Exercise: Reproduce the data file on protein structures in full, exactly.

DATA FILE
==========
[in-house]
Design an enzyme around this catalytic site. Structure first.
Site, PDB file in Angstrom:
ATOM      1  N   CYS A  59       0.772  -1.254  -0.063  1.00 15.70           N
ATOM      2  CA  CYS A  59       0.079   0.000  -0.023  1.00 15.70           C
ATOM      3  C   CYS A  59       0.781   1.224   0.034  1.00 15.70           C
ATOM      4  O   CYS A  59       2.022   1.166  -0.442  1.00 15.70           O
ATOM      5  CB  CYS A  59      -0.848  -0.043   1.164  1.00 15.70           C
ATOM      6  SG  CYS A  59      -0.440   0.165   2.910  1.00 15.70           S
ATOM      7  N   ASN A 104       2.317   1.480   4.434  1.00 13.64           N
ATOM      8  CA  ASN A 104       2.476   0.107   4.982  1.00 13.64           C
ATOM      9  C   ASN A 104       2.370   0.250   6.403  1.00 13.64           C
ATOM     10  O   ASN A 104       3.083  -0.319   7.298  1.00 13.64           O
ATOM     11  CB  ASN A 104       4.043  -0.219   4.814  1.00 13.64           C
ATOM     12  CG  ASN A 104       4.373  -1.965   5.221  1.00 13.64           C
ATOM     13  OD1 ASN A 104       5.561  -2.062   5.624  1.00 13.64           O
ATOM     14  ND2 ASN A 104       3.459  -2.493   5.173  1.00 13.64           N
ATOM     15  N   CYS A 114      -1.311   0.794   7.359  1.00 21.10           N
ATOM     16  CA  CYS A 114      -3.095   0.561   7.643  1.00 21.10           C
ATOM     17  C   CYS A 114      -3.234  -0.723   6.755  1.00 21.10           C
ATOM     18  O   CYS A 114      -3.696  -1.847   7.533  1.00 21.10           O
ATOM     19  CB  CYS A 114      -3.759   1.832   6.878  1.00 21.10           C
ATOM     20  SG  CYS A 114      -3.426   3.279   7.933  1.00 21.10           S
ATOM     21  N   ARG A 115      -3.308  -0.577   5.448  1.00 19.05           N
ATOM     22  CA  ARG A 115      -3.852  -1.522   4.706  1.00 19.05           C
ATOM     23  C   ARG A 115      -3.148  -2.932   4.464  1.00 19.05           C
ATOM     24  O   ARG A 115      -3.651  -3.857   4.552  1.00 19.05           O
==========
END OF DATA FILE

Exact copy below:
[in-house]
Design an enzyme around this catalytic site. Structure first.
Site, PDB file in Angstrom:
ATOM      1  N   CYS A  59       0.772  -1.254  -0.063  1.00 15.70           N
ATOM      2  CA  CYS A  59       0.079   0.000  -0.023  1.00 15.70           C
ATOM      3  C   CYS A  59       0.781   1.224   0.034  1.00 15.70           C
ATOM      4  O   CYS A  59       2.022   1.166  -0.442  1.00 15.70           O
ATOM      5  CB  CYS A  59      -0.848  -0.043   1.164  1.00 15.70           C
ATOM      6  SG  CYS A  59      -0.440   0.165   2.910  1.00 15.70           S
ATOM      7  N   ASN A 104       2.317   1.480   4.434  1.00 13.64           N
ATOM      8  CA  ASN A 104       2.476   0.107   4.982  1.00 13.64           C
ATOM      9  C   ASN A 104       2.370   0.250   6.403  1.00 13.64           C
ATOM     10  O   ASN A 104       3.083  -0.319   7.298  1.00 13.64           O
ATOM     11  CB  ASN A 104       4.043  -0.219   4.814  1.00 13.64           C
ATOM     12  CG  ASN A 104       4.373  -1.965   5.221  1.00 13.64           C
ATOM     13  OD1 ASN A 104       5.561  -2.062   5.624  1.00 13.64           O
ATOM     14  ND2 ASN A 104       3.459  -2.493   5.173  1.00 13.64           N
ATOM     15  N   CYS A 114      -1.311   0.794   7.359  1.00 21.10           N
ATOM     16  CA  CYS A 114      -3.095   0.561   7.643  1.00 21.10           C
ATOM     17  C   CYS A 114      -3.234  -0.723   6.755  1.00 21.10           C
ATOM     18  O   CYS A 114      -3.696  -1.847   7.533  1.00 21.10           O
ATOM     19  CB  CYS A 114      -3.759   1.832   6.878  1.00 21.10           C
ATOM     20  SG  CYS A 114      -3.426   3.279   7.933  1.00 21.10           S
ATOM     21  N   ARG A 115      -3.308  -0.577   5.448  1.00 19.05           N
ATOM     22  CA  ARG A 115      -3.852  -1.522   4.706  1.00 19.05           C
ATOM     23  C   ARG A 115      -3.148  -2.932   4.464  1.00 19.05           C
ATOM     24  O   ARG A 115      -3.651  -3.857   4.552  1.00 19.05           O